NEW YORK (
was a big loser in extended trading after the company ousted its chief financial officer and said it plans to writedown the value of Chinese hog production business by $16.8 million.
The company, which also operates an animal nutrition business, said a review of the hog production business found it couldn't be operated profitably enough to justify the acquisition prices for some assets or the resulting goodwill.
AgFeed named Edward Pazdro to the acting CFO post, replacing Selina Jin, who it said would be reassigned. Pazdro is currently the CFO of the company's animal nutrition business. The company, which also announced its third-quarter results, made other executive changes as well, including removing Zhengru Xiong, one of its founders, from management of the hog production business.
For the three months ended Sept. 30, AgFeed swung to a loss of $18.4 million, or 43 cents a share, from a profit of $3.1 million, or 7 cents a share, in the same period a year earlier. The red ink, which includes the impact of the previously mentioned writedown, came despite revenue rising to $53.6 million in the latest period from $45.1 million last year.
AgFeed shares were last quoted at $2.51, down 20%, on late volume of almost 120,000, according to
. Based on a regular session close of $3.13, the shares were down nearly 33% year-to-date.
Another stock being sold off in afterhours action was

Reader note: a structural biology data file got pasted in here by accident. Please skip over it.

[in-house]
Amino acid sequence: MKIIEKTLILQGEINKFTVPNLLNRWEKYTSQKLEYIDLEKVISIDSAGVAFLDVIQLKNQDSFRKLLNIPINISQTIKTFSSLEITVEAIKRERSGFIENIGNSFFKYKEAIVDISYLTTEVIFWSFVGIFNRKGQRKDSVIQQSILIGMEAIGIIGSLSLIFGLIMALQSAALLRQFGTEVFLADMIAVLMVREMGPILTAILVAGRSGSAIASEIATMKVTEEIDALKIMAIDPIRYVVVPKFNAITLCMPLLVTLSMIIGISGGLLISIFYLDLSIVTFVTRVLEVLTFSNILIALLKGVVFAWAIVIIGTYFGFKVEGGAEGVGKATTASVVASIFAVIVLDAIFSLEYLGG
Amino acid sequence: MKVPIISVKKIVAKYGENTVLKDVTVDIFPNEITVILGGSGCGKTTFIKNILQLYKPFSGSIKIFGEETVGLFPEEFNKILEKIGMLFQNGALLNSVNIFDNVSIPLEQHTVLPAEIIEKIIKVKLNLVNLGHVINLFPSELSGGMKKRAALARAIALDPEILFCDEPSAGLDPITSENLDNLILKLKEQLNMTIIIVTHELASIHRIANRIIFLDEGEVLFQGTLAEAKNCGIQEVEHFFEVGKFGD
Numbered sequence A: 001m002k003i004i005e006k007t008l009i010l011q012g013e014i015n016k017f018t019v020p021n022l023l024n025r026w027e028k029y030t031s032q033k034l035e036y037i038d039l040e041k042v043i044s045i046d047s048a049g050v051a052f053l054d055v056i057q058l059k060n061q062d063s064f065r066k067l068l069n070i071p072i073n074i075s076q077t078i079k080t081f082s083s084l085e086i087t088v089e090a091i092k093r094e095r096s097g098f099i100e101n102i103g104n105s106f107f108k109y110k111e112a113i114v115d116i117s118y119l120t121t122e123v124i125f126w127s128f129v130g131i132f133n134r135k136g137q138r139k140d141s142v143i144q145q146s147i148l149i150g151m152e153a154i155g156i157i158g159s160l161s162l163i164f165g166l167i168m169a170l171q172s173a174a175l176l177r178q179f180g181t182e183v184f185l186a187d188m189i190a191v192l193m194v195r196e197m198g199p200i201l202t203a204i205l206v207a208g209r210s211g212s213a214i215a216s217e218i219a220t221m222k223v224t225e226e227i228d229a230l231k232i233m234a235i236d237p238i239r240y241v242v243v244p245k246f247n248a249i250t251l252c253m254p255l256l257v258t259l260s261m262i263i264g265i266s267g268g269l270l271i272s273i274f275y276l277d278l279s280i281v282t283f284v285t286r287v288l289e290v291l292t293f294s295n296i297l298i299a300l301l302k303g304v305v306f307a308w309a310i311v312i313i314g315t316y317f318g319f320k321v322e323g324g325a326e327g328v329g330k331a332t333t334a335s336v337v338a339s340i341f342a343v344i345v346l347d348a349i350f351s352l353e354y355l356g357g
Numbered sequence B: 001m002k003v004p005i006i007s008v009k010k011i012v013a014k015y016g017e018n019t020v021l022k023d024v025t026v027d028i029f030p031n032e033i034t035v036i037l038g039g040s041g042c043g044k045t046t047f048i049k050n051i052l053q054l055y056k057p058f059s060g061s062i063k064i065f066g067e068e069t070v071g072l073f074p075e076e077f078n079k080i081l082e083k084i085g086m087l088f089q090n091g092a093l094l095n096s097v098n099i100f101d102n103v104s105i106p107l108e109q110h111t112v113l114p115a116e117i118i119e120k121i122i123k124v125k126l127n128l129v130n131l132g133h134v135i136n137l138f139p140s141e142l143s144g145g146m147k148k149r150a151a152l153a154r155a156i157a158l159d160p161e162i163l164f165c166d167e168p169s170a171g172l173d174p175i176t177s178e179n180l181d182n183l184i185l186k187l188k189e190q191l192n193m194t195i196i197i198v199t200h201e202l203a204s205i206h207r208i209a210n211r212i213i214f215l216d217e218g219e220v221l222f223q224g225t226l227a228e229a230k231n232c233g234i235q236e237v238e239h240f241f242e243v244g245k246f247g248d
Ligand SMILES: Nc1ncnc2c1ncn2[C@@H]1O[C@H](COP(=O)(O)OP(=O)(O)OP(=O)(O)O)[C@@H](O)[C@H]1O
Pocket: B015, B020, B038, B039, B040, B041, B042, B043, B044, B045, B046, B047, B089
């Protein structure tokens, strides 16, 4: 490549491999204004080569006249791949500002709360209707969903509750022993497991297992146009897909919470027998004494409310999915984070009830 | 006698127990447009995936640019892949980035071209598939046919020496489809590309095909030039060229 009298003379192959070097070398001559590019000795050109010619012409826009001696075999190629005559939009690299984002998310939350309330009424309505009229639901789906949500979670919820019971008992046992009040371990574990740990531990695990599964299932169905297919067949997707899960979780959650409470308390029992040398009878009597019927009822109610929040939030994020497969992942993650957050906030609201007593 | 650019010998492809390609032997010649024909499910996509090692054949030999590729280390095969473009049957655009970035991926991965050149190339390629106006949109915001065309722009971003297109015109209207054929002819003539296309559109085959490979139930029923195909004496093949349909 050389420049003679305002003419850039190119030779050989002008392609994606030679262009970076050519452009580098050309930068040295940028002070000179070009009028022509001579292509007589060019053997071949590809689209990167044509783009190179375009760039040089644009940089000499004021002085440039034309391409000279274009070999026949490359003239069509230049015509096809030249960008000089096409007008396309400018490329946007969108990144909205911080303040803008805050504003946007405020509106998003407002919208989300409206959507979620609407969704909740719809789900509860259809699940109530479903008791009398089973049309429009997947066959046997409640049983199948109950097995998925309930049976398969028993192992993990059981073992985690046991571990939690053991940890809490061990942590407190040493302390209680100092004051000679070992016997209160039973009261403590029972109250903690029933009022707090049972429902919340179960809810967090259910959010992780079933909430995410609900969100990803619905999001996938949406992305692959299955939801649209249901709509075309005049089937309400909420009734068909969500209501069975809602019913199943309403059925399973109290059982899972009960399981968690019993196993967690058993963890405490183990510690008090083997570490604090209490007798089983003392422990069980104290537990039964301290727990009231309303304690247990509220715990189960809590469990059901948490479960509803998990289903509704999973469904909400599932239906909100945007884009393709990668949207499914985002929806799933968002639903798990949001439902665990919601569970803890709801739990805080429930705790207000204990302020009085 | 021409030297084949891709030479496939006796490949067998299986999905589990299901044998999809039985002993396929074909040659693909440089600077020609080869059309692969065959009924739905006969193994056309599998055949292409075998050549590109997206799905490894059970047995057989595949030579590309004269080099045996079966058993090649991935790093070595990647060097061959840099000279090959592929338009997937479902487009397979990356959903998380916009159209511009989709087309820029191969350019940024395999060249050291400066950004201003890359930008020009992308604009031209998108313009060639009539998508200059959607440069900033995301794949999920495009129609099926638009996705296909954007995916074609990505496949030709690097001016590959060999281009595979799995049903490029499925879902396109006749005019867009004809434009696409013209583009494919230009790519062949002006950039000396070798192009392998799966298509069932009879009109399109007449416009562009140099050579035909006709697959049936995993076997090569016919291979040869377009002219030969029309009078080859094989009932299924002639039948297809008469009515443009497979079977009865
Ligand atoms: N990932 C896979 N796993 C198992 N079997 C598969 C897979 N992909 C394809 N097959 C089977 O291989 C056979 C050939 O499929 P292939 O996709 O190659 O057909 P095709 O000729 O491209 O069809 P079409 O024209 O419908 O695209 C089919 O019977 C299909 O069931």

, a maker of digital whiteboards. The Canadian company reported its second-quarter results after the closing bell and said it was taking a "more conservative" view of its growth in North American in the second half because of slower than anticipated sales in its recently acquired NextWindow business.
The company, which completed its IPO in July, also reported a year-over-year decline in its overall profits, falling to $44.3 million for the three months ended Sept. 30 from $56.7 million in the same period a year earlier, mainly because of a much lower foreign currency-related gain in the latest quarter. Revenue rose, however, to $222.7 million in the quarter from $177.8 million last year, and adjusted income came in at $38.7 million, or 33 cents a share, in the latest period.
The stock, which came to market priced at $17, was last quoted at $10.72, down 18%, on volume of around 185,000.
were also taking a beating late Tuesday, falling more than 11% to $8.83 on volume of nearly 200,000 after the Watertown, Mass.-based maker of lithium ion batteries reported its third-quarter results and told investors it now expected to begin ramping up production volumes in the second quarter of 2011 instead of previous expectations for the current fourth quarter.
The company cited the latest estimates from "certain transportation customers" for the change but maintained that its long-term expansion plans remain intact. For the third quarter ended Sept. 30, A123 reported a loss of $43.7 million, wider than its year-ago equivalent loss of $22.8 million.
was weak in extended trades, sliding 9.5% to $2.20 on volume of more than 70,000, according to
. The Emeryville, Calif.-based operator of Jamba Juice restaurants reported a loss of $800,000, or 2 cents a share, for the September quarter, down from a profit of $2.8 million, or 4 cents a share, in the same period a year earlier.
Revenue at the smoothie purveyor fell 16.3% to $66.1 million for the three months ended Sept. 30 from $79 million a year ago.
Year-to-date, based on a regular session close at $2.43, Jamba shares were up more than 50%, but the stock was down 37% since hitting a 52-week high of $3.83 on April 27. For 2011, Jamba said it's targeting same-store sales growth of 2% to 4%.
Written by Michael Baron in New York.
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